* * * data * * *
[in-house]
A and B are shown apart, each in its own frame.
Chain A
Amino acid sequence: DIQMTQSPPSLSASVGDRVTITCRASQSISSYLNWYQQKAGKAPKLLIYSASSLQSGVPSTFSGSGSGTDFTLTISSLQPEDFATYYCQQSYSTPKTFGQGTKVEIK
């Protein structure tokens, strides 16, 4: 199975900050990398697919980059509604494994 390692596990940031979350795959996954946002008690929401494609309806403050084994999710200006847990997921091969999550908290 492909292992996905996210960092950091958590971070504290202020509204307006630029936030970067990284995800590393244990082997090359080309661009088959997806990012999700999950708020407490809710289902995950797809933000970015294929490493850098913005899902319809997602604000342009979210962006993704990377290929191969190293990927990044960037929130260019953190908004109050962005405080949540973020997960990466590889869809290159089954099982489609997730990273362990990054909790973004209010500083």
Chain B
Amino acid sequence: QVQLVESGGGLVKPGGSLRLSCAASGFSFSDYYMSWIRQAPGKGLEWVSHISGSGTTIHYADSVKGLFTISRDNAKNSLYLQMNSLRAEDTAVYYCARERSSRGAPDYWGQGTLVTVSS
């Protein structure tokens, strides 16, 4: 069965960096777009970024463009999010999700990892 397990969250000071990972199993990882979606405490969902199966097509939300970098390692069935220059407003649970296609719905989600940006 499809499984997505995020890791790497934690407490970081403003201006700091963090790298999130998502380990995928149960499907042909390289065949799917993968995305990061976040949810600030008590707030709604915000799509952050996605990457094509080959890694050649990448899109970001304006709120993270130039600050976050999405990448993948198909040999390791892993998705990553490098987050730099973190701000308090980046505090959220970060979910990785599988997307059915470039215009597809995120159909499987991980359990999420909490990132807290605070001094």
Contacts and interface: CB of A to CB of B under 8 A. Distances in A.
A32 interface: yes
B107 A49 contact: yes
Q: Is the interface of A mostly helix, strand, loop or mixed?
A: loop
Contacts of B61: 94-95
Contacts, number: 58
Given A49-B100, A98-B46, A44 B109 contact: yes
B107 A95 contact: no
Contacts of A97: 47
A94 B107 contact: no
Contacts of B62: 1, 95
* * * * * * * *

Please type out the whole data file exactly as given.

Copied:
[in-house]
A and B are shown apart, each in its own frame.
Chain A
Amino acid sequence: DIQMTQSPPSLSASVGDRVTITCRASQSISSYLNWYQQKAGKAPKLLIYSASSLQSGVPSTFSGSGSGTDFTLTISSLQPEDFATYYCQQSYSTPKTFGQGTKVEIK
């Protein structure tokens, strides 16, 4: 199975900050990398697919980059509604494994 390692596990940031979350795959996954946002008690929401494609309806403050084994999710200006847990997921091969999550908290 492909292992996905996210960092950091958590971070504290202020509204307006630029936030970067990284995800590393244990082997090359080309661009088959997806990012999700999950708020407490809710289902995950797809933000970015294929490493850098913005899902319809997602604000342009979210962006993704990377290929191969190293990927990044960037929130260019953190908004109050962005405080949540973020997960990466590889869809290159089954099982489609997730990273362990990054909790973004209010500083």
Chain B
Amino acid sequence: QVQLVESGGGLVKPGGSLRLSCAASGFSFSDYYMSWIRQAPGKGLEWVSHISGSGTTIHYADSVKGLFTISRDNAKNSLYLQMNSLRAEDTAVYYCARERSSRGAPDYWGQGTLVTVSS
């Protein structure tokens, strides 16, 4: 069965960096777009970024463009999010999700990892 397990969250000071990972199993990882979606405490969902199966097509939300970098390692069935220059407003649970296609719905989600940006 499809499984997505995020890791790497934690407490970081403003201006700091963090790298999130998502380990995928149960499907042909390289065949799917993968995305990061976040949810600030008590707030709604915000799509952050996605990457094509080959890694050649990448899109970001304006709120993270130039600050976050999405990448993948198909040999390791892993998705990553490098987050730099973190701000308090980046505090959220970060979910990785599988997307059915470039215009597809995120159909499987991980359990999420909490990132807290605070001094």
Contacts and interface: CB of A to CB of B under 8 A. Distances in A.
A32 interface: yes
B107 A49 contact: yes
Q: Is the interface of A mostly helix, strand, loop or mixed?
A: loop
Contacts of B61: 94-95
Contacts, number: 58
Given A49-B100, A98-B46, A44 B109 contact: yes
B107 A95 contact: no
Contacts of A97: 47
A94 B107 contact: no
Contacts of B62: 1, 95